Aug 4, 2011

Let's talk about Australian Kids' Magazines.

All the images from this article
are from Krash #91. Krash is
known for its subtle covers.

As I pointed out in an earlier article there exists in Australia a wide range of magazines for children that celebrate and, let's be honest, shill youth pop culture. These are some of the only comics-related material produced exclusively in Australia for Australian children. They're available everywhere, and sell quite well.

Each one is filled to the brim with articles that barely hide the fact that they're actually advertisements for the most popular pop culture of the day. They're written directly to kids, they're colourful, and they're about things kids care about.

Also, they generally have comic pages as a backup in them! Actually that's probably stretching things. Most of them have a very small, teenie-tiny number of comic pages in the back of the issue, usually something like 6 pages of comics in a 100 page magazine.

The magazines are, frankly, incredibly crass. They try to write to kids on their own level, using 'young slang', and writing things in a way that sounds awesome and cool! Often using words like awsm and kewl. The result is that they're kind low on the literacy scales, and very hard to read if you're not 10.

One of the selling points of the magazines  is that each and every one of them comes with a 'free gift' of some sort. Some come with knock-off Transformers, some come with mini-skateboards, some come with girly powder puffs! Oh yeah... I forgot to mention that didn't I? There's a boy/girl divide with these magazines too.

This is how the magazines appear on
store shelves. In a plastic bag, with
a toy  covering up half the cover.
The girls' magazines are pink and filled with celebrities. They're basically primer books for later girls' mags like Dolly and adult gossip mags like Woman's Weekly and NW. The boys' magazines aren't quite what you'd call primers for Men's magazines, because they don't have any tits in them. I guess if you're just comparing them to the tech and pop culture sections of Ralph or People the comparison stands up. They just use Optimus Prime to sell their issues rather than Lucy Pinder's breasts.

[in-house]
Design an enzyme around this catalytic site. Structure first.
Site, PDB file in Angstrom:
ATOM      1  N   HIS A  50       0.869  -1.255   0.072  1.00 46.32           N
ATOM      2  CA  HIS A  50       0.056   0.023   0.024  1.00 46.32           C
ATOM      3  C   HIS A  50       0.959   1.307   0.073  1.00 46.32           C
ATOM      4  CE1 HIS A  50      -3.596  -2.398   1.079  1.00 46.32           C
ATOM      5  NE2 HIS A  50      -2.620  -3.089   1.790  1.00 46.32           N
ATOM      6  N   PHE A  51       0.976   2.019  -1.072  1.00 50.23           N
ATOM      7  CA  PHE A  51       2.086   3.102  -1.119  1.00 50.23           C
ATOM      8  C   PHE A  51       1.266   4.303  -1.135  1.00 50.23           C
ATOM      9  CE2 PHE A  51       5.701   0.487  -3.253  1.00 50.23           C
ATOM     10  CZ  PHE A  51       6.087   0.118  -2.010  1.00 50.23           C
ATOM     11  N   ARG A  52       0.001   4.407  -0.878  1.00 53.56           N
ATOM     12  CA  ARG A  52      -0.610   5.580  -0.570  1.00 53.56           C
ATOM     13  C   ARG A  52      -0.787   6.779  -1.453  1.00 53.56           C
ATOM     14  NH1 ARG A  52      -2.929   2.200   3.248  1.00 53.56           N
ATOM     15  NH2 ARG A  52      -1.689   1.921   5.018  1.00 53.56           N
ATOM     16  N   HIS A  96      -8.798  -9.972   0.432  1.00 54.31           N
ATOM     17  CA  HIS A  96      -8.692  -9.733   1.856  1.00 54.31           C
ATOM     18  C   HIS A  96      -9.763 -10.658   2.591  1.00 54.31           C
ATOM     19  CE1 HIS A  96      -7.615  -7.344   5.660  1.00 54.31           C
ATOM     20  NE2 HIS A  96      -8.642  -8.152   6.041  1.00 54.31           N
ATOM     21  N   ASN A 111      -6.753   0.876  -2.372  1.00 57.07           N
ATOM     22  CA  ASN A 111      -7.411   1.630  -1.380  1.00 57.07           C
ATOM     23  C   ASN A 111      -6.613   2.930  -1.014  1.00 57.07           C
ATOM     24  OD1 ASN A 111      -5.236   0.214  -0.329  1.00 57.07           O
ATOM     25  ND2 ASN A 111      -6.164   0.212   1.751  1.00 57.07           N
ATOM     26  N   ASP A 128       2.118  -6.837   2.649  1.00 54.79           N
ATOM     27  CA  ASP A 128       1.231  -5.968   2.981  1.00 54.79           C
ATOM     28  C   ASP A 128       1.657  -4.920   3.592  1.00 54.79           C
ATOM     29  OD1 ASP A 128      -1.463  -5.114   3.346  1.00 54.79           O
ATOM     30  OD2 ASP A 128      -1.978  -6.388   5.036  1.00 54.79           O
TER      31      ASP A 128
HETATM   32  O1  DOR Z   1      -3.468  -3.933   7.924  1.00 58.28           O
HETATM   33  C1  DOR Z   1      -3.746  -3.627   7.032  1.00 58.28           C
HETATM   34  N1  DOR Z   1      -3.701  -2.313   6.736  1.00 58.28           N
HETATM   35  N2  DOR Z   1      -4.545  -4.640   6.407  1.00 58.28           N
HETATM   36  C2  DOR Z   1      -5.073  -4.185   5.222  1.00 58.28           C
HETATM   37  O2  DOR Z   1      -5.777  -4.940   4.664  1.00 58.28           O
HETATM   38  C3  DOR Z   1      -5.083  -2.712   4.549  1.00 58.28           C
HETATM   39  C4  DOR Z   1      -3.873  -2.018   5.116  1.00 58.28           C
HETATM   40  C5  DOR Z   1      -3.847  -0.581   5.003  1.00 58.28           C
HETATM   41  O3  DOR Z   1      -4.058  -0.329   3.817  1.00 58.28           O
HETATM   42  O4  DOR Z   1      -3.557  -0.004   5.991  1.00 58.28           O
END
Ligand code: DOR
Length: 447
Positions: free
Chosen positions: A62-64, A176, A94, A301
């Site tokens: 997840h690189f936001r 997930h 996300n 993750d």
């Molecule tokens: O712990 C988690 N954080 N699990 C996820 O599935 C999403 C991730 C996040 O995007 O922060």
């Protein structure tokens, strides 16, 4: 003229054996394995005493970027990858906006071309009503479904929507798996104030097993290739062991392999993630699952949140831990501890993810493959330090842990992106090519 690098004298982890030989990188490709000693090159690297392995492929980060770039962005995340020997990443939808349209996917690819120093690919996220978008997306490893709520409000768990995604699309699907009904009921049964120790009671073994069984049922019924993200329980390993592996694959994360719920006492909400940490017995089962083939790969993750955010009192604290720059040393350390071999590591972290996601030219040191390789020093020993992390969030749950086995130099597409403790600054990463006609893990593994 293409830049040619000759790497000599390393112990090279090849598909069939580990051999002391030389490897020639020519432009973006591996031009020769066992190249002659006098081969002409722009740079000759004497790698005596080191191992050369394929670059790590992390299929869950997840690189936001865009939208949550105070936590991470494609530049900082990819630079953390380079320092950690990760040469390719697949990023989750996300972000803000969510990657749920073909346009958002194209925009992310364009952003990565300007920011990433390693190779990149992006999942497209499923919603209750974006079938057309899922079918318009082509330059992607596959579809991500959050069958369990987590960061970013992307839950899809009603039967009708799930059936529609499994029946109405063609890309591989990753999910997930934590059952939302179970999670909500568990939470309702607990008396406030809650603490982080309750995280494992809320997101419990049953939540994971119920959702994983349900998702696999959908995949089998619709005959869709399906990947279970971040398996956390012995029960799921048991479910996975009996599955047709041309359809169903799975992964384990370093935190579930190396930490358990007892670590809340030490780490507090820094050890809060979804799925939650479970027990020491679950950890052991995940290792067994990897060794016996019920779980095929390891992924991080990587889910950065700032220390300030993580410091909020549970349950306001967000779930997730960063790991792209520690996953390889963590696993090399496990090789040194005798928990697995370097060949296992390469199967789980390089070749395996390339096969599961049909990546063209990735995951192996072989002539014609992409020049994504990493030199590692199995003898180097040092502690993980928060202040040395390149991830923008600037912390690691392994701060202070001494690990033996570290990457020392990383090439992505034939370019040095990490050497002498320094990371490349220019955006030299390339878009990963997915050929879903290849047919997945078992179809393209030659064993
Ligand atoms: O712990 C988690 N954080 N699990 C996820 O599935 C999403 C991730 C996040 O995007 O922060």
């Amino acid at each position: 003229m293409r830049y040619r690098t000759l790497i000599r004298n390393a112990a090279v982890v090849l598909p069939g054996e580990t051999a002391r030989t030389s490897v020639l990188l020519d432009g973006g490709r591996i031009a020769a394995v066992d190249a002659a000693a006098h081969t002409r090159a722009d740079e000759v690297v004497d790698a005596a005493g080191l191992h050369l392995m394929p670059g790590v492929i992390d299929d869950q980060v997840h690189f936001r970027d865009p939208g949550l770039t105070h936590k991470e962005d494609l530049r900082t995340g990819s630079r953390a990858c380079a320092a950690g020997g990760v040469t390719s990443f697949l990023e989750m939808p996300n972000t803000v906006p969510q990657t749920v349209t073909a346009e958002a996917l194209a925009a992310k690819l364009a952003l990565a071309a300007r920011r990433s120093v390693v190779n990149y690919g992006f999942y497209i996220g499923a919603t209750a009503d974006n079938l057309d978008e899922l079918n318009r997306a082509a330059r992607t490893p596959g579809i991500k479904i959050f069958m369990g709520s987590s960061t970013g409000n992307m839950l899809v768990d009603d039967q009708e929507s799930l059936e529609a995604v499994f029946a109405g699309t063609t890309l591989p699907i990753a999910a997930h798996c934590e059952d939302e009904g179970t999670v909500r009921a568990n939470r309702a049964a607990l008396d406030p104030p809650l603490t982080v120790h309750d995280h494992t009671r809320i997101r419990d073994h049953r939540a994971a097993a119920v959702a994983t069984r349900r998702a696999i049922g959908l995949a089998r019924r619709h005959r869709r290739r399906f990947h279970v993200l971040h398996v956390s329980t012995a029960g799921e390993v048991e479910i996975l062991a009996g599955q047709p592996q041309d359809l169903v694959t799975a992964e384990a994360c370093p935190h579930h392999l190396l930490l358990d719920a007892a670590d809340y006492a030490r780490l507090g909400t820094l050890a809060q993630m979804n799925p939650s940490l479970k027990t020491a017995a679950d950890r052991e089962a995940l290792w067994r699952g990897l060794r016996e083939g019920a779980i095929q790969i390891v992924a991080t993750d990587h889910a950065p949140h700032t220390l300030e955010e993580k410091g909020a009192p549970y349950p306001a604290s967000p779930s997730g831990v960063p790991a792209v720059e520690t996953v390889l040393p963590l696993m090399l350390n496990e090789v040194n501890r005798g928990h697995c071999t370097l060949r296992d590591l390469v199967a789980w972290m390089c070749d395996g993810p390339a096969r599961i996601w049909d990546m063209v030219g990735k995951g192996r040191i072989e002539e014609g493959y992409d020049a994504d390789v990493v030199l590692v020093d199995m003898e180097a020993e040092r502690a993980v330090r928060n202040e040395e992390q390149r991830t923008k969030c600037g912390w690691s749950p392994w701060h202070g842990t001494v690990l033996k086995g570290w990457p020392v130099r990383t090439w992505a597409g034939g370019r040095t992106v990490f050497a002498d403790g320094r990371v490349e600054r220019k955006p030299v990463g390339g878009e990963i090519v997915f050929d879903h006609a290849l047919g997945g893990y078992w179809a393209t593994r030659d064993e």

The other thing I should probably talk about is the fact that these magazines are really, really affordable and cheap. You get a lot of bang for your buck. They're the sort of thing that you could throw into your mum's supermarket trolley and she won't fight you on it like she might on a Transformers toy.
This is all the stuff  you get with the issue! Value for money!
Notice that the 2 posters touted on the cover is actually one
double-sided poster. Laaaaame.

The recommended retail price is usually AUD 5.95. That might sound like a bit much to an American, but for an Australian it's about the same price as larger women's mags, about half the price of men's mags, and less than the cost of an imported American comic from a newsagents in Australia. (American comics are about AUD 5 to 7 in comic book stores here, and about AUD 7 to 9 at newsagents.)

Probably one of the biggest appeals to these magazines is the way they use language. I don't want to say they use language skillfully -- or that they're particularly well written -- but what they are is written directly TO their audience. The magazines give their audience group nick-names (like Krash-Heads, or Maniacs -- which shortens to Yaks), and they constantly address them directly.

That makes them really engaging, if you buy into the general tone of the book.
Yeah... this doesn't really read like analysis so much as straight-up
advertising. Yup, sure Krash. Rayman is up there with Sonic and Mario. So iconic!

While I do really like these magazines there's no getting around the fact that they're incredibly garish, incredibly crass, and almost sickenningly commercial. There's no educational content at all in these books. There's not much creative content either. The entire purpose of these magazines is to sell things to children.

Even when they have supposedly creative content it's almost always something designed to sell a character or concept from a pop culture property.
Look, they're teaching you to draw! Wait...
no, no. I think this is just to teach you
character recognition. But nice try, Krash.

I think the thing I really want people to take away from this article is this: These magazines appeal to children. Children buy these magazines. These magazines look NOTHING like modern comics -- and that's probably why kids actually like them.

To conclude I'll give you links to all the websites I could find:
Total Girl
Girl Power

--Andrew S.
(Oh, as a post script -- here's another Transformers quiz for you.)
Also some advertising contest on the side!

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